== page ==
The sun would soon set on Tuesday and its teaching, and Jesus and his troop of Twelve would head back to their hospitality in Bethany. Today’s fervor will reignite tomorrow, but in a far more intimate setting and all because of the favor of one. What a treasure it is to be walking together at the Master’s pace.

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Posted by: pmarkrobb | March 29, 2021

tilled up and turned over

I wonder if Jesus politely refused breakfast this morning, already knowing about the barren fig tree and the deep truth God had purposed He share with His disciples today. God, who is outside of time, was now living within it. Did Jesus see His whole day at its beginning? Did He know the plan and purpose of daily things and conversations before He arrived at them? Or did He obey them in the moment, more as we do? I’m guessing, because He is God, the answer to all these questions is, somehow, yes.

Can we bring our hearts to the place of believing that Jesus might have already known every detail of His earthly life, and still experienced them and met moments of decision by obeying his Father’s leading in a way that is common to ours? Can you believe Jesus knew His Monday morning and about the tree, but then also that His hunger wasn’t His direct pre-purposing? And could you believe His gaze caught the tree in a way that yours might have, and in observing the tree He saw (in that specific moment) the deep truth his Father wanted Him to share? Does your understanding and experience of God fit into a box of someone’s making, or is He too big for a box?

Please forgive me and maybe … pray for me? <shrugged shoulders emoji> <smiley face emoji> I got all this from the quite pedestrian words of Mark 11:12. “The next day as they were leaving Bethany, Jesus was hungry.”

I wonder how many Christians only learn the Bible. Learn, in the sense, that they are only ever taught it and do not truly experience it. They do not bring all their senses to it — seeing, smelling, tasting, touching and hearing the words, stories, characters, and truths about God. In my own experience, I believe there’s profound loss in only learning the Bible. It’s not that you can’t, but that you lose something profoundly precious in the choice. Maybe I can say it this way … it would be like having an intermediary or translator assigned to you on your wedding day or the first day you meet a lifelong friend and you never went or were anywhere without them and without them offering their own interpretation of the setting and circumstances and feelings and implications and decisions and … well, everything. Can you begin to imagine the profound loss of intimacy and knowing and relationship in that way of being and living?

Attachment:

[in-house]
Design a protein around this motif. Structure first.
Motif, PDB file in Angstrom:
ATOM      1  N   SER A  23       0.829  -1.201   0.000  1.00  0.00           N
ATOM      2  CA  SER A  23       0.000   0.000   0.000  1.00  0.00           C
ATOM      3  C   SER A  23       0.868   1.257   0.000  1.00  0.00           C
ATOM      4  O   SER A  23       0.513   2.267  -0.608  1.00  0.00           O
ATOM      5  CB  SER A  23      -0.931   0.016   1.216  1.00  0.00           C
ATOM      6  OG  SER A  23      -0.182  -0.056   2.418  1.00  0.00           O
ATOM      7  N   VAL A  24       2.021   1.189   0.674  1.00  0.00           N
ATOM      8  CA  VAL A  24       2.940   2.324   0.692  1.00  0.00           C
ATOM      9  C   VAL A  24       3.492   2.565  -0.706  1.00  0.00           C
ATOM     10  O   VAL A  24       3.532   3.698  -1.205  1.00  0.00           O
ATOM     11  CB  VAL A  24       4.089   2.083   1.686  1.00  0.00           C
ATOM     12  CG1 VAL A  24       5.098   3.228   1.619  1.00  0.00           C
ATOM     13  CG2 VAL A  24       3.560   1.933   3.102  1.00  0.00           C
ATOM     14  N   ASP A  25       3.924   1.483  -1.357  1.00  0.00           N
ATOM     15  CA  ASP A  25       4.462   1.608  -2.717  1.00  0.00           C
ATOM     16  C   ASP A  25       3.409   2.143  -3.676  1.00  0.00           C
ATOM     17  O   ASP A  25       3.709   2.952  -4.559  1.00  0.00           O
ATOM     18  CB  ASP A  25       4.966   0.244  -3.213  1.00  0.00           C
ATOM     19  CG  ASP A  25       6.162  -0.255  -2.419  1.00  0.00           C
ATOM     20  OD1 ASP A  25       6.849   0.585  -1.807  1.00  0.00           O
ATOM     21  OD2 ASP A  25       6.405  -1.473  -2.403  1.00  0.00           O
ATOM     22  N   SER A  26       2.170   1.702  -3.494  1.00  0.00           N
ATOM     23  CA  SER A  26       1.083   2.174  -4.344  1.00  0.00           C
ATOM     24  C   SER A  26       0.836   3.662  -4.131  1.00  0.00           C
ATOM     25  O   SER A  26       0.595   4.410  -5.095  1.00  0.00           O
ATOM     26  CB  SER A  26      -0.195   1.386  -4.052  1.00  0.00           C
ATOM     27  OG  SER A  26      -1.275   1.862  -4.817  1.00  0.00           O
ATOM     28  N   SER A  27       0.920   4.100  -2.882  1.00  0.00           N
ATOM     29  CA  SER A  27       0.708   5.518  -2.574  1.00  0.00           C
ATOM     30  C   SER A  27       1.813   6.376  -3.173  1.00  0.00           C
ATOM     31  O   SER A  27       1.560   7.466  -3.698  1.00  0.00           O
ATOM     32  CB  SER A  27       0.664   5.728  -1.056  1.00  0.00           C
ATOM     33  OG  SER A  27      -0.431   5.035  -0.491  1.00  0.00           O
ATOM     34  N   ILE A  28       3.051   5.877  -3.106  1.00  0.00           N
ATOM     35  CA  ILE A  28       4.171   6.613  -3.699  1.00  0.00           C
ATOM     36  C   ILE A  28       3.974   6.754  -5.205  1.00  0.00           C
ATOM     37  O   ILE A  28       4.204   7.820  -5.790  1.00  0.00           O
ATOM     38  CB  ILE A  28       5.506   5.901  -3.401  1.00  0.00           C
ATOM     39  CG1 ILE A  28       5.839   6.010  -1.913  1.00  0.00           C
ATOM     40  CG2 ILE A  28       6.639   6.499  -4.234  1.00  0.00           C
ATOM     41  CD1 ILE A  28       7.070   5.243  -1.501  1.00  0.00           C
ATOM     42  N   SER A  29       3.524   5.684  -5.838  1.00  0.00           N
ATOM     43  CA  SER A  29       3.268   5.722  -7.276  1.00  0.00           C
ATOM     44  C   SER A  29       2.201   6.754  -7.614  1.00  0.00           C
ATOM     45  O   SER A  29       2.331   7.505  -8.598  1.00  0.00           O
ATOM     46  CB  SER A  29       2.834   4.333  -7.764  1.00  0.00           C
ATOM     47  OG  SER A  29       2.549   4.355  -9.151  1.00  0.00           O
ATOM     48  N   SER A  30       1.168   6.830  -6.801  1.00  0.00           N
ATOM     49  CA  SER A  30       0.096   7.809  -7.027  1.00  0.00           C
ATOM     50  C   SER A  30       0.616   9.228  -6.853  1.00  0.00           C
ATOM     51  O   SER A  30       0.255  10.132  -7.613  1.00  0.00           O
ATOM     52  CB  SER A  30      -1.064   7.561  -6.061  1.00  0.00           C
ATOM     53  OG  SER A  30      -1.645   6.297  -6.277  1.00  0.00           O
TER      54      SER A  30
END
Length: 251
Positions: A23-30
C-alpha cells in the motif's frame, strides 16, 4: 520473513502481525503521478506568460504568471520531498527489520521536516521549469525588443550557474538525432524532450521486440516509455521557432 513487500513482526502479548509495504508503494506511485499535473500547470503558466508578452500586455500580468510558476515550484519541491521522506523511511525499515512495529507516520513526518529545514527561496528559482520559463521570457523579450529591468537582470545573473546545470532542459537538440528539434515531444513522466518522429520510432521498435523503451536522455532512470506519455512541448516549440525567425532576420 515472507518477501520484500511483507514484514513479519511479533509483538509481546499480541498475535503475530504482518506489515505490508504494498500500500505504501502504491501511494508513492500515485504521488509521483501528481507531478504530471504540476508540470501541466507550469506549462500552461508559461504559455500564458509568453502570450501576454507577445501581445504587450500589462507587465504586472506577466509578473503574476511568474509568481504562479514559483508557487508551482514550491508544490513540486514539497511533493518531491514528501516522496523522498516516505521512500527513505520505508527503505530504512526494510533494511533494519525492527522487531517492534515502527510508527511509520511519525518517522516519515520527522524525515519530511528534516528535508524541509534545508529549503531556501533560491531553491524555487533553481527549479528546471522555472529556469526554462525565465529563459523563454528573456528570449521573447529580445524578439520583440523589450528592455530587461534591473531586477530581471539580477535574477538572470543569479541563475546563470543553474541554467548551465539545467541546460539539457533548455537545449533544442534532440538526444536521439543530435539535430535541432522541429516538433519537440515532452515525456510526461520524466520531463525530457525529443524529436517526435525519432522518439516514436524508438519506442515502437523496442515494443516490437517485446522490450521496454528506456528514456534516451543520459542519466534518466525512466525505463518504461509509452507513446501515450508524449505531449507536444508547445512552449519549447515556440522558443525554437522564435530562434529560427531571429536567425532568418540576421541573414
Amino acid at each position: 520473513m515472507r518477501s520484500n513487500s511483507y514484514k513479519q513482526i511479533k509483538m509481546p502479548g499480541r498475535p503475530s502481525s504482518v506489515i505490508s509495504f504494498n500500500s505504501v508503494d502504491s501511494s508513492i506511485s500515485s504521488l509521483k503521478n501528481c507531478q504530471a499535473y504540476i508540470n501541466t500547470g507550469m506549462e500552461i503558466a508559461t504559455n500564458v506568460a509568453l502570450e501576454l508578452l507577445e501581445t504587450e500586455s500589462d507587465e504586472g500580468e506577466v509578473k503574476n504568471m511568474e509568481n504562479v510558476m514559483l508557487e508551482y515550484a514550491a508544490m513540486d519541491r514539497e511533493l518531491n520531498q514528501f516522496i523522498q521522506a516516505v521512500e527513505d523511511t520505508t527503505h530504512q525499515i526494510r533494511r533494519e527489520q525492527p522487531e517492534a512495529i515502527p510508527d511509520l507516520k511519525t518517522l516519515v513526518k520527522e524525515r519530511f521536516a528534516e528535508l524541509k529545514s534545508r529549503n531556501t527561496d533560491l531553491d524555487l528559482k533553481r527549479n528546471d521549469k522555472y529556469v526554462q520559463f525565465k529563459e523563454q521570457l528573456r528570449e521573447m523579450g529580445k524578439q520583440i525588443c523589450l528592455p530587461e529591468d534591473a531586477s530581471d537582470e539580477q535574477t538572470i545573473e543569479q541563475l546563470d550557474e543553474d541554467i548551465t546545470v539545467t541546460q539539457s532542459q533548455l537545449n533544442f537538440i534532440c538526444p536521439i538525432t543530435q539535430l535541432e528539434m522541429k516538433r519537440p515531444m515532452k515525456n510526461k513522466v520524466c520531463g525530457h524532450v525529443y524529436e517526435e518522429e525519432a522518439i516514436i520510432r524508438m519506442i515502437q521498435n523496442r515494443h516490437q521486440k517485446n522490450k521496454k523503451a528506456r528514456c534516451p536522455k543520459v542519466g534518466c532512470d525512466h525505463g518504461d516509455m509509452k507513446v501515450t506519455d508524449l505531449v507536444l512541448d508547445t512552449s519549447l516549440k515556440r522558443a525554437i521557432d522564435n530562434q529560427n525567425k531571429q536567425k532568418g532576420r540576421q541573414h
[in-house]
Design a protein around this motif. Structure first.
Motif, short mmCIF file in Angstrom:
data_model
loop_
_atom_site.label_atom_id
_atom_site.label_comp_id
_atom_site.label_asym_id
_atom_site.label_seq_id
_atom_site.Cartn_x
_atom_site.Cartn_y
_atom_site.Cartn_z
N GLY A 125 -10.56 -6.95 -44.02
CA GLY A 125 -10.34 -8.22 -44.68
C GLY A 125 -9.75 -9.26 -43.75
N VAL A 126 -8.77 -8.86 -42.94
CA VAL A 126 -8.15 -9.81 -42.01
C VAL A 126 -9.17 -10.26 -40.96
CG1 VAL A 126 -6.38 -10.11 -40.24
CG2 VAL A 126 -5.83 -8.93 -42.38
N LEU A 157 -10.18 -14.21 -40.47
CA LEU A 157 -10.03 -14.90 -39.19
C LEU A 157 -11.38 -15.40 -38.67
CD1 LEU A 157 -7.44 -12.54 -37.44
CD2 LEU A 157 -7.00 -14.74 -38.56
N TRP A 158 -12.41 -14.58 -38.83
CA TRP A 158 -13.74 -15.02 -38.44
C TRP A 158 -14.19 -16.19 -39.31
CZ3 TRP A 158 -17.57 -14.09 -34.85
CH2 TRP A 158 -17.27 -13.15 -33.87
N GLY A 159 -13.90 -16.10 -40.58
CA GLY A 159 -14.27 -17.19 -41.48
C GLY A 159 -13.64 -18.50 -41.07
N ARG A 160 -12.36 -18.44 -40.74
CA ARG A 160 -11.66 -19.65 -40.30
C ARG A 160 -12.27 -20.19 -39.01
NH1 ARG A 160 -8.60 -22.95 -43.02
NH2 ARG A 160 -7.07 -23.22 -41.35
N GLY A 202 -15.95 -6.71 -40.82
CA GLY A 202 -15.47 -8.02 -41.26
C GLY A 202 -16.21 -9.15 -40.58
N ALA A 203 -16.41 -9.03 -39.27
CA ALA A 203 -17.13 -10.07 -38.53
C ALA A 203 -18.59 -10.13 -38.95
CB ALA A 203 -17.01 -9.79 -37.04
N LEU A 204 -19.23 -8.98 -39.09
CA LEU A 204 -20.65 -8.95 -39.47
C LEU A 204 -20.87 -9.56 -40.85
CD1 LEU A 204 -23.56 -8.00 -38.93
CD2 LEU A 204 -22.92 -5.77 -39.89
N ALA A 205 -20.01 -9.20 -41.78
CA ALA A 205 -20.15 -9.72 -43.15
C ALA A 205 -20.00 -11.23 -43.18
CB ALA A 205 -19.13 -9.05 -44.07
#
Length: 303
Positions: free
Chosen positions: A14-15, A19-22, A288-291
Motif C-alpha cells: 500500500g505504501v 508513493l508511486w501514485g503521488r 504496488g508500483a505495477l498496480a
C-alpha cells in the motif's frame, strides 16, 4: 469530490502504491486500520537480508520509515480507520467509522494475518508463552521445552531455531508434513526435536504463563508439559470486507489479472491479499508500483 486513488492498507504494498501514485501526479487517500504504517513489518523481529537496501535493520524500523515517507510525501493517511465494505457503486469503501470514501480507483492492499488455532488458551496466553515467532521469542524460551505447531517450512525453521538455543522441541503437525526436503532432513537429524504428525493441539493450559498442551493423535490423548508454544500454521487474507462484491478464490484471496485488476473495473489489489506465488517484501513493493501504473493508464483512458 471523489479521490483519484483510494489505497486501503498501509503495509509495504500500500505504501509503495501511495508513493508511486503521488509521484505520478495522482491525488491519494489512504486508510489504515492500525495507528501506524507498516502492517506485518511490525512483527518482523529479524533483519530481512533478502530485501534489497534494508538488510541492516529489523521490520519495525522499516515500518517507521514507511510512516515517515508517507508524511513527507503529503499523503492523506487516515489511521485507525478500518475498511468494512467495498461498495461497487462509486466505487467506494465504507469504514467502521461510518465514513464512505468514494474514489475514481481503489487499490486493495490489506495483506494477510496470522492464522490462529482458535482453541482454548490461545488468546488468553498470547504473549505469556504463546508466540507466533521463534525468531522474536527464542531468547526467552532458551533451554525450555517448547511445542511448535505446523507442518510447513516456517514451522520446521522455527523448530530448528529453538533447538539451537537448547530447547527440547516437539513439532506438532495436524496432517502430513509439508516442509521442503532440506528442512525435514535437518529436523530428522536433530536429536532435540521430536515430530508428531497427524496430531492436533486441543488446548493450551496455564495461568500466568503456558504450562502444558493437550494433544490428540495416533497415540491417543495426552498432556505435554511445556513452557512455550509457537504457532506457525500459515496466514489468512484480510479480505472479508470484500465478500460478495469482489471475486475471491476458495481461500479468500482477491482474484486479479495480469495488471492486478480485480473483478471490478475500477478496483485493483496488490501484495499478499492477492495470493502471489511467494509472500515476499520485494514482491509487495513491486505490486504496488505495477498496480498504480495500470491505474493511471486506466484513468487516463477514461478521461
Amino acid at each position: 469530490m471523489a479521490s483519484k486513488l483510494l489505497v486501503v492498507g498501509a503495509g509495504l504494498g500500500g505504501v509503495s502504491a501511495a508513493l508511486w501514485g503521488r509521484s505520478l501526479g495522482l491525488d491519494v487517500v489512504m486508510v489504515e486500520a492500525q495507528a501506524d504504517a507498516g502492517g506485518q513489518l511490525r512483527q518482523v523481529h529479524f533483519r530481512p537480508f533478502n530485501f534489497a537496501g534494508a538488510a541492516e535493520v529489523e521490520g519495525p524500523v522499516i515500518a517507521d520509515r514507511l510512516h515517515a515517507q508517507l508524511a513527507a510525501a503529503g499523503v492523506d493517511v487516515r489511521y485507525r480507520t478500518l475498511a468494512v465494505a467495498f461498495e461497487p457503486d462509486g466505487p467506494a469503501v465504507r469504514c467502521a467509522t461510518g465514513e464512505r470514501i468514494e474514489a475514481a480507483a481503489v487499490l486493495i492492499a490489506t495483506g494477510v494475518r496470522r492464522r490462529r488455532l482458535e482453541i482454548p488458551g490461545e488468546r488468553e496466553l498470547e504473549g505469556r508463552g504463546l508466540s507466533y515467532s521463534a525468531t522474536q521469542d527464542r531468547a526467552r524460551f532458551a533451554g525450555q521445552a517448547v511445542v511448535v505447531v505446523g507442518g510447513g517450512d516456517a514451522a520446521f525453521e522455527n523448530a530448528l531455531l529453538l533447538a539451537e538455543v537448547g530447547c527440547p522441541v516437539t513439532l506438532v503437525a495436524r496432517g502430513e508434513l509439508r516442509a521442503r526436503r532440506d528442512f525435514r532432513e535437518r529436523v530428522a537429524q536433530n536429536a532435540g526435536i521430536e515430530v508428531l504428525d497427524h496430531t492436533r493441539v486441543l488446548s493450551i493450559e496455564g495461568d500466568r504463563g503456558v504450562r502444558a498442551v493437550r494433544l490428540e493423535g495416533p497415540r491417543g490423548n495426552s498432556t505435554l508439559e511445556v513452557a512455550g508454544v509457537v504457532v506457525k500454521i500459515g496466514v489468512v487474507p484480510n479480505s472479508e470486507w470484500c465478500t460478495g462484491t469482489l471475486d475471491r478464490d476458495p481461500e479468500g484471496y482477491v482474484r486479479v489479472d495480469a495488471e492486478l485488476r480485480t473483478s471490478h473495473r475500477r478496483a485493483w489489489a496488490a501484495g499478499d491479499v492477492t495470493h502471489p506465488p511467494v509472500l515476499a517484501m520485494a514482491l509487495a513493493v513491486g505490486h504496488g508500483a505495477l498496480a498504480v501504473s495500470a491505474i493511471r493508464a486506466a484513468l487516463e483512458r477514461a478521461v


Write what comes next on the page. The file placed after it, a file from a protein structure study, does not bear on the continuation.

In my own life, I have experienced deep truths about God and His presence and working through times spent in His word in a variety of settings. I remember a morning sitting at the back table with my head buried in the Bible and my notebook, and a moment of looking up at the sound of some flapping wings above me and catching a glorious glance of the sun reflecting off the bottoms of a sky full of seagulls. It was stunning! Like a thousand tiny flashbulbs. In that moment I saw this otherwise bothersome bird as the masterpiece God’s Word says I am (Ephesians 2:10, specifically in the words of the New Living Translation). I further remember stepping out my side door (after some sacred time with God moments before) to the most surreal experience of seeing and feeling Winter but hearing Spring in the song of nearby birds. In that moment, I saw the beauty and power of a soul that sings in a season of suffering. Vivid experiences of God and His truth. Experiences which will stay with me for the remainder of my days and speak and sing as I experience even more of Him through His Word and those He created and purposed for my path.